The use of entomopathogenic fungi (BotaniGard® and Mycotrol®), which infect ambrosia beetles, also is a costly process thus it is recommended this option only be used in later winter through early spring when the beetles are most active.
Cultural Practices and Mitigation
The researchers did determine that pruning trees to increase light levels does suppress AB activity, and it is a more cost-efficient option. Therefore, the researchers recommend implementing and maintaining a pruning program. In addition, top-working or stumping tall trees can help establish better light conditions within the grove that can limit AB populations.
Healthy trees are less susceptible to the LW-AB complex, thus growers should optimize fertilizer and irrigation practices, carefully monitor and care for trees during stressful conditions (drought, freezes, flooding), and implement strategies to prevent root rot and other diseases.
The researchers also recommend frequent grove scouting with an eye for green-leaf wilting. Early detection of laurel wilt is key due to the speed at which the disease can travel through root grafts.
If growers identify trees infected with laurel wilt or infested by ambrosia beetles, they should uproot the trees as quickly as possible to prevent root graft transmission. The entire tree (roots, trunk, limbs) should be chipped/shredded and removed from the grove. Chipped/shredded wood should be sprayed twice with contact insecticide registered for use on avocado.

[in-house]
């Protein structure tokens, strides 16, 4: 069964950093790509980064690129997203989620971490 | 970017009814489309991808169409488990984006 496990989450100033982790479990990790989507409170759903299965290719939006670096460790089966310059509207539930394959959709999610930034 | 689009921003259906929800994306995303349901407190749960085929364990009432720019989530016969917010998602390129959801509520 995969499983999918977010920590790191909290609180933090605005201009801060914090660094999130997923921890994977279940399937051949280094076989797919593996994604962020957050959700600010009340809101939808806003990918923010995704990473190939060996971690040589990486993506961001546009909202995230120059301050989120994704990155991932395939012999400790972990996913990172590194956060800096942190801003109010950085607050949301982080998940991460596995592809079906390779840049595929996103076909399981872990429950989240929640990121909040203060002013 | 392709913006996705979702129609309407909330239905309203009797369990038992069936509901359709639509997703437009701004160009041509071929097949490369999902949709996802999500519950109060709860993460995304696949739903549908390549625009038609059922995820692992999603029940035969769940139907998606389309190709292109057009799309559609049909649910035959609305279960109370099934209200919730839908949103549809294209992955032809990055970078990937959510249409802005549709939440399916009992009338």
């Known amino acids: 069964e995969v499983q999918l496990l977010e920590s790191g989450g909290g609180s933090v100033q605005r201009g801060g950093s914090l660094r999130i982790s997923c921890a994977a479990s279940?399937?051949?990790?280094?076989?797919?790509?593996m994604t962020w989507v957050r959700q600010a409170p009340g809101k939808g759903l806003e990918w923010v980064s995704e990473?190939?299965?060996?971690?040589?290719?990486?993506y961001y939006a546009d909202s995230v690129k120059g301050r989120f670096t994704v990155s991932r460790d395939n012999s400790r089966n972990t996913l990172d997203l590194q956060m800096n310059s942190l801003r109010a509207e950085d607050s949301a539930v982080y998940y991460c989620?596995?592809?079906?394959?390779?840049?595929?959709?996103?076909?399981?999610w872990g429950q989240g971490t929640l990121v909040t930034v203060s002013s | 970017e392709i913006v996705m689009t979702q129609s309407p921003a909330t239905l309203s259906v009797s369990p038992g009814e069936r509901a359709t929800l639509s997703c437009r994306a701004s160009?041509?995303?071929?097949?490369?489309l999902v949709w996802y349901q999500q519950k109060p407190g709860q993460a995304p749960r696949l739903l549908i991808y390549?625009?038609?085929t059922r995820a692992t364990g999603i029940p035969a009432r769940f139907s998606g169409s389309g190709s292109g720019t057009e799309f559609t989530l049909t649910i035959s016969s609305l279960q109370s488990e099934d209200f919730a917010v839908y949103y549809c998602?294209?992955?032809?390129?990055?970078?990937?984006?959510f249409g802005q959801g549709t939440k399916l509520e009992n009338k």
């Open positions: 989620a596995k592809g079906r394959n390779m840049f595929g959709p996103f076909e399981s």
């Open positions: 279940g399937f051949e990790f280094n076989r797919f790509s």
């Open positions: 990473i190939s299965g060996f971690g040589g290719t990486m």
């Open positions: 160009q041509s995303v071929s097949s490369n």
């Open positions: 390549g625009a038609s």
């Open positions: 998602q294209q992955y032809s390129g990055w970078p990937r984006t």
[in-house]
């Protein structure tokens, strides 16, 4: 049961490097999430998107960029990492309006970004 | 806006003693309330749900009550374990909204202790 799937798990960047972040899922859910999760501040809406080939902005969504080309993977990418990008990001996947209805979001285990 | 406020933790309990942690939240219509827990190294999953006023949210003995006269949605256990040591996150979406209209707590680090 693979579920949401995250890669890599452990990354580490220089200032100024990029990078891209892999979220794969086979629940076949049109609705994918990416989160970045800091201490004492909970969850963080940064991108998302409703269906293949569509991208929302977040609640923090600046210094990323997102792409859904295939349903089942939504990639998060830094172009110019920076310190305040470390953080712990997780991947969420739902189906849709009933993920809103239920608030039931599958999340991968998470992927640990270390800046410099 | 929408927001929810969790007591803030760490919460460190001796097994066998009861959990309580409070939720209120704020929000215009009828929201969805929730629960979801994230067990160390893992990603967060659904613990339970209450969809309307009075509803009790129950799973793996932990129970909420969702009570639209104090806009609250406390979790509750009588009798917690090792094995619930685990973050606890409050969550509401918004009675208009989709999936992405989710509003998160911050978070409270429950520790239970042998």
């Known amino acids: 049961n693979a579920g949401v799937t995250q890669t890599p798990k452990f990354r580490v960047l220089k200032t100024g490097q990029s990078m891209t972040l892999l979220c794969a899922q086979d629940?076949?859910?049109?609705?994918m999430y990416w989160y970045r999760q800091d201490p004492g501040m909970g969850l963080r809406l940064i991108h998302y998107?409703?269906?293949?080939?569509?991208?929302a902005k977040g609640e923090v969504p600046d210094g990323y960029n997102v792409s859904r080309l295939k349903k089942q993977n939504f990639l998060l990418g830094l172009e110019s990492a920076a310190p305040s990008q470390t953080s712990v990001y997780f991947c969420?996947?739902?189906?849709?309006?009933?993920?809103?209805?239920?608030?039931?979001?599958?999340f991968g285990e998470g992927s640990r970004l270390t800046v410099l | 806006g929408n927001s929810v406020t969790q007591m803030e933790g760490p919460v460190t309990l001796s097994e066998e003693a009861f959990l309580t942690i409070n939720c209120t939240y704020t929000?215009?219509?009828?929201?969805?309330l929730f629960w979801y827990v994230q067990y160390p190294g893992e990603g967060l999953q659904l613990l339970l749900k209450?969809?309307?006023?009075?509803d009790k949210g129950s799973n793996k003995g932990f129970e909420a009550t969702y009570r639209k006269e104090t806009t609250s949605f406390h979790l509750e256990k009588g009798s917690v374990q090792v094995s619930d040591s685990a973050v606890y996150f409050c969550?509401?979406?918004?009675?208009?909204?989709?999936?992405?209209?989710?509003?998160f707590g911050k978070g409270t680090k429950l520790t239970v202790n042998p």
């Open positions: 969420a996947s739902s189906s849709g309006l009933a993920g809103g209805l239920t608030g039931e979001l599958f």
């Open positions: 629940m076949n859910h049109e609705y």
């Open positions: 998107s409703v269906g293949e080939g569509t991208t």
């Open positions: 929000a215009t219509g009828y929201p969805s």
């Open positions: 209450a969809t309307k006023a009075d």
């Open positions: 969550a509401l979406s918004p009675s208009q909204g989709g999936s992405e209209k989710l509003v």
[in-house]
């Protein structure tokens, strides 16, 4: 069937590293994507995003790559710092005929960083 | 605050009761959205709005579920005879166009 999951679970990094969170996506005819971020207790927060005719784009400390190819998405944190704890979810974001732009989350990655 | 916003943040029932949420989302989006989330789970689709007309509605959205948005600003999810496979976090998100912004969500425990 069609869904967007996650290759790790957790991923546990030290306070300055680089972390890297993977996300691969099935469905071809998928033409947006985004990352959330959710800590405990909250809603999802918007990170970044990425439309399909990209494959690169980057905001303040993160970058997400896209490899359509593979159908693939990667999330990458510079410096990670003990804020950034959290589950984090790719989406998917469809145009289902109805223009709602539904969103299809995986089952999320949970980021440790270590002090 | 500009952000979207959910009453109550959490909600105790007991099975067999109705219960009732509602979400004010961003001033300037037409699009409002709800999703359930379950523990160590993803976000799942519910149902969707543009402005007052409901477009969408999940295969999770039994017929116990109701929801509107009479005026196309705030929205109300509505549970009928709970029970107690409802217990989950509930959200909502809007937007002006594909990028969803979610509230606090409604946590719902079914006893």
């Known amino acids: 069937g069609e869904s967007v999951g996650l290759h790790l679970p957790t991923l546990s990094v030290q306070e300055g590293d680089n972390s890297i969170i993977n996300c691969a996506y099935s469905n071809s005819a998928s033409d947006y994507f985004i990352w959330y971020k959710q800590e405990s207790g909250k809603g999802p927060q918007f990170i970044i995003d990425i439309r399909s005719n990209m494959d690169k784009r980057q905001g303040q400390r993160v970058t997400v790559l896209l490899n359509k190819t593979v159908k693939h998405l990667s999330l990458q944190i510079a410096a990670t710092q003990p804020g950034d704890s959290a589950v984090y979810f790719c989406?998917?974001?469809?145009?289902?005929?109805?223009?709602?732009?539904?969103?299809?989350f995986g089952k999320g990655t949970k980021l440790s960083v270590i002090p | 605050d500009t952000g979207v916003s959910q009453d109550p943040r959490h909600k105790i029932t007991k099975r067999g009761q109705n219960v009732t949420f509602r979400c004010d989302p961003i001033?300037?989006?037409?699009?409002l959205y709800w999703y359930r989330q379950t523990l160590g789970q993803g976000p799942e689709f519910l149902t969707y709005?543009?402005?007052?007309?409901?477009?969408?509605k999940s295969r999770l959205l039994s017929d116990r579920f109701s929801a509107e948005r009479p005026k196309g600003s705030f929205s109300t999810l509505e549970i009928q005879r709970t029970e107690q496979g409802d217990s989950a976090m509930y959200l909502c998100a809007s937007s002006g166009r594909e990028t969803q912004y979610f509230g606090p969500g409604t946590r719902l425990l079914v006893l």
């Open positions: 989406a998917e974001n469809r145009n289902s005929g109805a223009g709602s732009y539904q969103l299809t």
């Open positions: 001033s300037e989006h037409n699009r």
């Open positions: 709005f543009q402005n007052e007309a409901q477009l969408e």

To protect healthy trees within a one-acre area of an infected/removed tree, contact insecticides should be directly applied to the trunk and major limbs of healthy trees twice within a 14-day interval. To suppress ambrosia beetles during late winter – early spring, two grove-wide applications of BotanicGard®ES or Mycotrol® should occur.
Once the infected trees are removed, new trees can be safely planted to maintain grove productivity. Young trees are not as susceptible to laurel wilt because ambrosia beetles prefer larger, established trees. Young trees also will have more light exposure surrounding them, which depresses ambrosia beetle activity, and movement of the pathogen by root grafting is not an issue for young trees.
Dr. Crane and his team continue to research the LW-AB complex and are currently examining vaccinations to protect avocado trees from the LW pathogen, looking to develop a faster LW diagnostic tool, determining the effect of plant nutrients on AB-LW development, screening scions and rootstocks for tolerance/resistance, examining AB control tactics and suppression, investigating the barrier and bagging method, trying to gain a molecular understanding of the pathogen and researching the economics of the LW epidemic. The Commission will continue to keep California avocado growers informed of the latest updates concerning this insect-disease complex.
Dr. Crane's research paper can be downloaded here. Additional LW-AB research from the University of Florida can be found online.